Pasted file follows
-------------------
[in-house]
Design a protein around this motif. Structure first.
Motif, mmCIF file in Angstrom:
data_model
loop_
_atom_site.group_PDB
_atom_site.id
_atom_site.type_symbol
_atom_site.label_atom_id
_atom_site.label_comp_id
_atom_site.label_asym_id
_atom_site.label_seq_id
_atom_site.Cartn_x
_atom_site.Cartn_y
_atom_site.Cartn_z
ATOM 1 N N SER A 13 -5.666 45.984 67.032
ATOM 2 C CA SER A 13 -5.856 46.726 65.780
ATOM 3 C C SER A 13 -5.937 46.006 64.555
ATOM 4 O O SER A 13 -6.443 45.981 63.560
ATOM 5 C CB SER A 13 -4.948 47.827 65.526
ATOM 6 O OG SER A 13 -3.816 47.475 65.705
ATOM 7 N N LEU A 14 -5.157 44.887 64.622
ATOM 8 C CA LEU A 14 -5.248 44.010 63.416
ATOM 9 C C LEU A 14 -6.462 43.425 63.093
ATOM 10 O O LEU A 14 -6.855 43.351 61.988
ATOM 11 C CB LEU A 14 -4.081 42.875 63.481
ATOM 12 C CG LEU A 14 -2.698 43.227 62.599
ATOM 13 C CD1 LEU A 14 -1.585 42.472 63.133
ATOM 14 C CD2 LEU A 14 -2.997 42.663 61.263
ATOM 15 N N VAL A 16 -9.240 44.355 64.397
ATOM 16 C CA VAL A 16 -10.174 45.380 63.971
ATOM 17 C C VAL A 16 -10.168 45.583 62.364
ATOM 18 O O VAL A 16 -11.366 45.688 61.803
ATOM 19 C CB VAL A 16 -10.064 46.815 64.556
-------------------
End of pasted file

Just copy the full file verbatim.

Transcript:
[in-house]
Design a protein around this motif. Structure first.
Motif, mmCIF file in Angstrom:
data_model
loop_
_atom_site.group_PDB
_atom_site.id
_atom_site.type_symbol
_atom_site.label_atom_id
_atom_site.label_comp_id
_atom_site.label_asym_id
_atom_site.label_seq_id
_atom_site.Cartn_x
_atom_site.Cartn_y
_atom_site.Cartn_z
ATOM 1 N N SER A 13 -5.666 45.984 67.032
ATOM 2 C CA SER A 13 -5.856 46.726 65.780
ATOM 3 C C SER A 13 -5.937 46.006 64.555
ATOM 4 O O SER A 13 -6.443 45.981 63.560
ATOM 5 C CB SER A 13 -4.948 47.827 65.526
ATOM 6 O OG SER A 13 -3.816 47.475 65.705
ATOM 7 N N LEU A 14 -5.157 44.887 64.622
ATOM 8 C CA LEU A 14 -5.248 44.010 63.416
ATOM 9 C C LEU A 14 -6.462 43.425 63.093
ATOM 10 O O LEU A 14 -6.855 43.351 61.988
ATOM 11 C CB LEU A 14 -4.081 42.875 63.481
ATOM 12 C CG LEU A 14 -2.698 43.227 62.599
ATOM 13 C CD1 LEU A 14 -1.585 42.472 63.133
ATOM 14 C CD2 LEU A 14 -2.997 42.663 61.263
ATOM 15 N N VAL A 16 -9.240 44.355 64.397
ATOM 16 C CA VAL A 16 -10.174 45.380 63.971
ATOM 17 C C VAL A 16 -10.168 45.583 62.364
ATOM 18 O O VAL A 16 -11.366 45.688 61.803
ATOM 19 C CB VAL A 16 -10.064 46.815 64.556